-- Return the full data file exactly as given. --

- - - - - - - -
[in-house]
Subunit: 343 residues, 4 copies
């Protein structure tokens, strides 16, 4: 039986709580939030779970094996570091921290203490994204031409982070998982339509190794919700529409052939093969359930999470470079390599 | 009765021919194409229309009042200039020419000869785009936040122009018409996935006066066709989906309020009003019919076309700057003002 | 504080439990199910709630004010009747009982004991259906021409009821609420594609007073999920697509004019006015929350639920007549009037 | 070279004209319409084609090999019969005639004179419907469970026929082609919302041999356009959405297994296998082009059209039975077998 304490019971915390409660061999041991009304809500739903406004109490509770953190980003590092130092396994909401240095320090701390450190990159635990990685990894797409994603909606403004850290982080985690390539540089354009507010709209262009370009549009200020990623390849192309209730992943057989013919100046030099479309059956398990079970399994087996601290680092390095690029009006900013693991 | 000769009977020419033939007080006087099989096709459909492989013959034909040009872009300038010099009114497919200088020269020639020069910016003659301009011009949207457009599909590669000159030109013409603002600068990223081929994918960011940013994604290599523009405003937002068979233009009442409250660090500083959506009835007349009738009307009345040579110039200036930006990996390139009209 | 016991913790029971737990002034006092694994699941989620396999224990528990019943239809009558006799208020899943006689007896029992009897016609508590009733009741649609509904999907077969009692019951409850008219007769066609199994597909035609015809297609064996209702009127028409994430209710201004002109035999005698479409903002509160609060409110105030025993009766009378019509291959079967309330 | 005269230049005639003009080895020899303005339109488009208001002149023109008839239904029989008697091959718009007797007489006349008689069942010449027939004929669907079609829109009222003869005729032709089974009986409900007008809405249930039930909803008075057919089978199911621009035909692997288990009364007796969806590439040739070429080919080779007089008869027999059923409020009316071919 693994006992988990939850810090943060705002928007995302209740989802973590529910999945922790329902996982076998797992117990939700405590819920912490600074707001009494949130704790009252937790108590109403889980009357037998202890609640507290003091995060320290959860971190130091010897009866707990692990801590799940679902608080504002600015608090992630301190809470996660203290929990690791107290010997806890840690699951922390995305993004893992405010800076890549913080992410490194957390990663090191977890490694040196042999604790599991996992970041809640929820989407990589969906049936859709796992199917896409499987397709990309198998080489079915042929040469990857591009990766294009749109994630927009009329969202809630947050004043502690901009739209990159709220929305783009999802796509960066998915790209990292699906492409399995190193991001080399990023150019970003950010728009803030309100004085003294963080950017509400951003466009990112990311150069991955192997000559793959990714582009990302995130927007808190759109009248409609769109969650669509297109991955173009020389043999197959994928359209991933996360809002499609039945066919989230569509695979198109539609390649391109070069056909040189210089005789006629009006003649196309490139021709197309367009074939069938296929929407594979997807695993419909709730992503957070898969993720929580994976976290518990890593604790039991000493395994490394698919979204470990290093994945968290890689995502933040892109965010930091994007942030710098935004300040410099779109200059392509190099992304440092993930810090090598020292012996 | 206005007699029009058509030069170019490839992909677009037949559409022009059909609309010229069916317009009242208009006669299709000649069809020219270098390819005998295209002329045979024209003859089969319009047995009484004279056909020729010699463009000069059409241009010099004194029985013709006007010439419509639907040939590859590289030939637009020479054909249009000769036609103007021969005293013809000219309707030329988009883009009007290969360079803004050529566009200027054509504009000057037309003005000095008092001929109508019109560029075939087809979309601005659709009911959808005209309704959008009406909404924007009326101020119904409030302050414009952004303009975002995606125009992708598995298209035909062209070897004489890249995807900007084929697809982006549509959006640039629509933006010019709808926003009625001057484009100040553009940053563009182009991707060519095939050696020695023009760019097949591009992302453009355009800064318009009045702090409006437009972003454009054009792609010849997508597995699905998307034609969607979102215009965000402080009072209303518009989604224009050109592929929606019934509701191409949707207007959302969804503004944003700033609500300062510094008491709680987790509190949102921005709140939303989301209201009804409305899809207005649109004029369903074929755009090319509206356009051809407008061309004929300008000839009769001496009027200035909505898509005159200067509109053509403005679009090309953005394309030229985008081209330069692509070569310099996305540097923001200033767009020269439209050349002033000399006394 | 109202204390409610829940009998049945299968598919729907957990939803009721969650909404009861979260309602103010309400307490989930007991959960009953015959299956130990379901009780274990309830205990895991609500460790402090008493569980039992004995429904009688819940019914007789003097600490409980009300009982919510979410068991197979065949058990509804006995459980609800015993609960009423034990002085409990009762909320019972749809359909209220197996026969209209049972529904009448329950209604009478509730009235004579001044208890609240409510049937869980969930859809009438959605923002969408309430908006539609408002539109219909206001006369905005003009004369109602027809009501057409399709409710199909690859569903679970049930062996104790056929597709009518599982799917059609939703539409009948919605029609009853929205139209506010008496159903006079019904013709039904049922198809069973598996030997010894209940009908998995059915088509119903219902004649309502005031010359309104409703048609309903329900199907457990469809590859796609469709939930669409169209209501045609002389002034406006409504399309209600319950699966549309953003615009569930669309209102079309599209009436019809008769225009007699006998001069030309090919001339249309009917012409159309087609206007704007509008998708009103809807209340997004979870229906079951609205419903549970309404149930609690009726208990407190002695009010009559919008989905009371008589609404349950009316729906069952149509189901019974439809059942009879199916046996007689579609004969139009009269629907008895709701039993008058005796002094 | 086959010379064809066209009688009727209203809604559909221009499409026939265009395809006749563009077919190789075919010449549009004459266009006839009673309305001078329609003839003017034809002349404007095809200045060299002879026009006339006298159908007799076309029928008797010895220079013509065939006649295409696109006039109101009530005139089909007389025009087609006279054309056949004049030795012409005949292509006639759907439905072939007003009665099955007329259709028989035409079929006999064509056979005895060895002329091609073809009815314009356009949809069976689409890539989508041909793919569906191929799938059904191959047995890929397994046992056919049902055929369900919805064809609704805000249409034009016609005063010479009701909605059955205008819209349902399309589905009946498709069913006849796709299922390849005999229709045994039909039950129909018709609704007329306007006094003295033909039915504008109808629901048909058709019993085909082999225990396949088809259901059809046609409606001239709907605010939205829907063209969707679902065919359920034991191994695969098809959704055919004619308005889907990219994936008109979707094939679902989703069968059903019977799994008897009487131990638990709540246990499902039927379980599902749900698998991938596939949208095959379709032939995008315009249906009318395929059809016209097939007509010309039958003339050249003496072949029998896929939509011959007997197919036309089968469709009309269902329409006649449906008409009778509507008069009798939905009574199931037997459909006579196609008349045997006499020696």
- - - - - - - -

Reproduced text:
[in-house]
Subunit: 343 residues, 4 copies
């Protein structure tokens, strides 16, 4: 039986709580939030779970094996570091921290203490994204031409982070998982339509190794919700529409052939093969359930999470470079390599 | 009765021919194409229309009042200039020419000869785009936040122009018409996935006066066709989906309020009003019919076309700057003002 | 504080439990199910709630004010009747009982004991259906021409009821609420594609007073999920697509004019006015929350639920007549009037 | 070279004209319409084609090999019969005639004179419907469970026929082609919302041999356009959405297994296998082009059209039975077998 304490019971915390409660061999041991009304809500739903406004109490509770953190980003590092130092396994909401240095320090701390450190990159635990990685990894797409994603909606403004850290982080985690390539540089354009507010709209262009370009549009200020990623390849192309209730992943057989013919100046030099479309059956398990079970399994087996601290680092390095690029009006900013693991 | 000769009977020419033939007080006087099989096709459909492989013959034909040009872009300038010099009114497919200088020269020639020069910016003659301009011009949207457009599909590669000159030109013409603002600068990223081929994918960011940013994604290599523009405003937002068979233009009442409250660090500083959506009835007349009738009307009345040579110039200036930006990996390139009209 | 016991913790029971737990002034006092694994699941989620396999224990528990019943239809009558006799208020899943006689007896029992009897016609508590009733009741649609509904999907077969009692019951409850008219007769066609199994597909035609015809297609064996209702009127028409994430209710201004002109035999005698479409903002509160609060409110105030025993009766009378019509291959079967309330 | 005269230049005639003009080895020899303005339109488009208001002149023109008839239904029989008697091959718009007797007489006349008689069942010449027939004929669907079609829109009222003869005729032709089974009986409900007008809405249930039930909803008075057919089978199911621009035909692997288990009364007796969806590439040739070429080919080779007089008869027999059923409020009316071919 693994006992988990939850810090943060705002928007995302209740989802973590529910999945922790329902996982076998797992117990939700405590819920912490600074707001009494949130704790009252937790108590109403889980009357037998202890609640507290003091995060320290959860971190130091010897009866707990692990801590799940679902608080504002600015608090992630301190809470996660203290929990690791107290010997806890840690699951922390995305993004893992405010800076890549913080992410490194957390990663090191977890490694040196042999604790599991996992970041809640929820989407990589969906049936859709796992199917896409499987397709990309198998080489079915042929040469990857591009990766294009749109994630927009009329969202809630947050004043502690901009739209990159709220929305783009999802796509960066998915790209990292699906492409399995190193991001080399990023150019970003950010728009803030309100004085003294963080950017509400951003466009990112990311150069991955192997000559793959990714582009990302995130927007808190759109009248409609769109969650669509297109991955173009020389043999197959994928359209991933996360809002499609039945066919989230569509695979198109539609390649391109070069056909040189210089005789006629009006003649196309490139021709197309367009074939069938296929929407594979997807695993419909709730992503957070898969993720929580994976976290518990890593604790039991000493395994490394698919979204470990290093994945968290890689995502933040892109965010930091994007942030710098935004300040410099779109200059392509190099992304440092993930810090090598020292012996 | 206005007699029009058509030069170019490839992909677009037949559409022009059909609309010229069916317009009242208009006669299709000649069809020219270098390819005998295209002329045979024209003859089969319009047995009484004279056909020729010699463009000069059409241009010099004194029985013709006007010439419509639907040939590859590289030939637009020479054909249009000769036609103007021969005293013809000219309707030329988009883009009007290969360079803004050529566009200027054509504009000057037309003005000095008092001929109508019109560029075939087809979309601005659709009911959808005209309704959008009406909404924007009326101020119904409030302050414009952004303009975002995606125009992708598995298209035909062209070897004489890249995807900007084929697809982006549509959006640039629509933006010019709808926003009625001057484009100040553009940053563009182009991707060519095939050696020695023009760019097949591009992302453009355009800064318009009045702090409006437009972003454009054009792609010849997508597995699905998307034609969607979102215009965000402080009072209303518009989604224009050109592929929606019934509701191409949707207007959302969804503004944003700033609500300062510094008491709680987790509190949102921005709140939303989301209201009804409305899809207005649109004029369903074929755009090319509206356009051809407008061309004929300008000839009769001496009027200035909505898509005159200067509109053509403005679009090309953005394309030229985008081209330069692509070569310099996305540097923001200033767009020269439209050349002033000399006394 | 109202204390409610829940009998049945299968598919729907957990939803009721969650909404009861979260309602103010309400307490989930007991959960009953015959299956130990379901009780274990309830205990895991609500460790402090008493569980039992004995429904009688819940019914007789003097600490409980009300009982919510979410068991197979065949058990509804006995459980609800015993609960009423034990002085409990009762909320019972749809359909209220197996026969209209049972529904009448329950209604009478509730009235004579001044208890609240409510049937869980969930859809009438959605923002969408309430908006539609408002539109219909206001006369905005003009004369109602027809009501057409399709409710199909690859569903679970049930062996104790056929597709009518599982799917059609939703539409009948919605029609009853929205139209506010008496159903006079019904013709039904049922198809069973598996030997010894209940009908998995059915088509119903219902004649309502005031010359309104409703048609309903329900199907457990469809590859796609469709939930669409169209209501045609002389002034406006409504399309209600319950699966549309953003615009569930669309209102079309599209009436019809008769225009007699006998001069030309090919001339249309009917012409159309087609206007704007509008998708009103809807209340997004979870229906079951609205419903549970309404149930609690009726208990407190002695009010009559919008989905009371008589609404349950009316729906069952149509189901019974439809059942009879199916046996007689579609004969139009009269629907008895709701039993008058005796002094 | 086959010379064809066209009688009727209203809604559909221009499409026939265009395809006749563009077919190789075919010449549009004459266009006839009673309305001078329609003839003017034809002349404007095809200045060299002879026009006339006298159908007799076309029928008797010895220079013509065939006649295409696109006039109101009530005139089909007389025009087609006279054309056949004049030795012409005949292509006639759907439905072939007003009665099955007329259709028989035409079929006999064509056979005895060895002329091609073809009815314009356009949809069976689409890539989508041909793919569906191929799938059904191959047995890929397994046992056919049902055929369900919805064809609704805000249409034009016609005063010479009701909605059955205008819209349902399309589905009946498709069913006849796709299922390849005999229709045994039909039950129909018709609704007329306007006094003295033909039915504008109808629901048909058709019993085909082999225990396949088809259901059809046609409606001239709907605010939205829907063209969707679902065919359920034991191994695969098809959704055919004619308005889907990219994936008109979707094939679902989703069968059903019977799994008897009487131990638990709540246990499902039927379980599902749900698998991938596939949208095959379709032939995008315009249906009318395929059809016209097939007509010309039958003339050249003496072949029998896929939509011959007997197919036309089968469709009309269902329409006649449906008409009778509507008069009798939905009574199931037997459909006579196609008349045997006499020696």